Industry Talks: Nicolas Van Dedem on starting out as a DJ, growing an online community, and giving artists a platform

Nicolas Van Dedem is our guest in today’s edition of Industry Talks! Born in ’92 and raised in Frankfurt am Main, Germany, he is now based in Utrecht, the Netherlands. With an education in International Communications and Media Design at Hogeschool Utrecht, he now wears many hats career-wise: he is a DJ, radio host, event manager, label A&R, and producer! Sounds like a lot to have on your plate, but it doesn’t feel like it when you love your work.

His DJ-ing experience began at 16 but Nicolas says he lost interest fairly quickly as he felt more at home on the dancefloor, and not behind the decks. Two years later, however, seeing a vinyl DJ for the first time changed everything for him as it inspired him to start collecting records and experiment more.

1. How did your love for vinyl first start?

My first record player was a Panasonic from my dad that was purely for listening purposes and I was listening to psychedelic rock, jazz, and other records that my father had given me with the player. I am the youngest of 3 children, so we had a bit of a hand-me-down culture going on with my oldest sibling getting the newest stuff, and the youngest — all the old stuff. It’s where I learned that old=gold and to appreciate everything I have. My mother is also a huge fan of second-hand clothing and she took me to a lot of second-hand stores, where I found my first 80’s synth electronica records and, ultimately, where most of my quirkiest records come from today.

2. Tell us about the first time you played at a party.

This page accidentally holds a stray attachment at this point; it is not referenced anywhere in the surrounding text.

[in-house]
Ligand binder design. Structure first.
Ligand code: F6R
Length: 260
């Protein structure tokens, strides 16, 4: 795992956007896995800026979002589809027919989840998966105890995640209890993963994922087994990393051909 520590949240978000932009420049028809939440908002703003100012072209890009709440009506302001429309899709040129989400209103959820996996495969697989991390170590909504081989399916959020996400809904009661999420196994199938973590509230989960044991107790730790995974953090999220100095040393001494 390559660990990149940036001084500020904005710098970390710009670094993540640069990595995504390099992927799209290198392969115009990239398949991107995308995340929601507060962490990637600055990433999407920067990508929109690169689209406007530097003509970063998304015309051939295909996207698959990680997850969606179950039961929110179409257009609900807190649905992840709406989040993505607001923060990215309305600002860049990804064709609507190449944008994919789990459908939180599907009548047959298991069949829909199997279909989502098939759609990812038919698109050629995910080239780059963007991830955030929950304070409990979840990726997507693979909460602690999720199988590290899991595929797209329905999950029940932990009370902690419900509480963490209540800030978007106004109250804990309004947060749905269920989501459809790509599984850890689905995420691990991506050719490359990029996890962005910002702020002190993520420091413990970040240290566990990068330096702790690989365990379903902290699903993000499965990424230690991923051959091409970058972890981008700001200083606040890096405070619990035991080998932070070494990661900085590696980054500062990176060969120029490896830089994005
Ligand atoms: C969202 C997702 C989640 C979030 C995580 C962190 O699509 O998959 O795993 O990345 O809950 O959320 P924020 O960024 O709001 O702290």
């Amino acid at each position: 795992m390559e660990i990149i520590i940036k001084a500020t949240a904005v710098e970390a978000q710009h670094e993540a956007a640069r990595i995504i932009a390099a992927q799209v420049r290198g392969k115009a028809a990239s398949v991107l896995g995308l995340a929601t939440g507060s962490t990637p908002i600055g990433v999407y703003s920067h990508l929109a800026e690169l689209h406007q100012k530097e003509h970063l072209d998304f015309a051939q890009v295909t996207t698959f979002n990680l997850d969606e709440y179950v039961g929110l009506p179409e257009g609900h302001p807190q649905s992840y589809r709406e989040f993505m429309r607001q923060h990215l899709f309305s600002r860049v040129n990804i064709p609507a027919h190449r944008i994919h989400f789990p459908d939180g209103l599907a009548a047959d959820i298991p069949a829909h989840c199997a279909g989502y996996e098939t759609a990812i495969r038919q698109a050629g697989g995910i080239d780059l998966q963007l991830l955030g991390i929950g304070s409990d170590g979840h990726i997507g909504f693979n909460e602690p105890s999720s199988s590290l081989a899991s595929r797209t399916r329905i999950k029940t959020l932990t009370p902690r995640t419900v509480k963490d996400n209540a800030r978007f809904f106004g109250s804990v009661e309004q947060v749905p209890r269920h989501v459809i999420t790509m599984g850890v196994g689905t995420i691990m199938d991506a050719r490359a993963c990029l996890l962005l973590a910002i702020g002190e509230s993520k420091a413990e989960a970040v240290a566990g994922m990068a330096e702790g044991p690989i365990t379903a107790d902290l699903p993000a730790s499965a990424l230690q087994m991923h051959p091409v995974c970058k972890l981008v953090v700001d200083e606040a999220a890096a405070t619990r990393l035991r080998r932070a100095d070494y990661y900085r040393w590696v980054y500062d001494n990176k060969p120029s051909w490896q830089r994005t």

I had to think hard about this one because, to be honest, I don’t even remember anymore. I also think you need to define the term “party”. I guess my first time in front of people, and people actually dancing, was at my old high school in Switzerland, but if you ask me where my first paid DJ gig was, I’d say Basing House in London.

It was a strange but amazing feeling! It happened because of a local promoter contacting me on Soundcloud. He had heard one of my mixes and asked if I could come over to play. The club was very rowdy and drunk when I had to get behind the decks, so I felt the urge to play energetic tech-house. Little did I know that the crowd was more into minimal and deep house, so it took me another 20–30 minutes to build down to the right vibe after my banging opening track. Lesson learned and never forgotten.

3. We know that DJing is only one of the many talents you have. Can you tell us about your different roles in the event and music industry?

First and foremost, I am a DJ. It has always been my passion to collect as much music as possible and make people dance! With that came my work around organizing events and marketing which I do for several collectives now. I also run 3 labels together with close friends and some industry people I look up to.

4. What has been your experience during the pandemic as someone working in the events industry?

Devastating, to say the least, but also a great learning moment that made me grow positively as a person.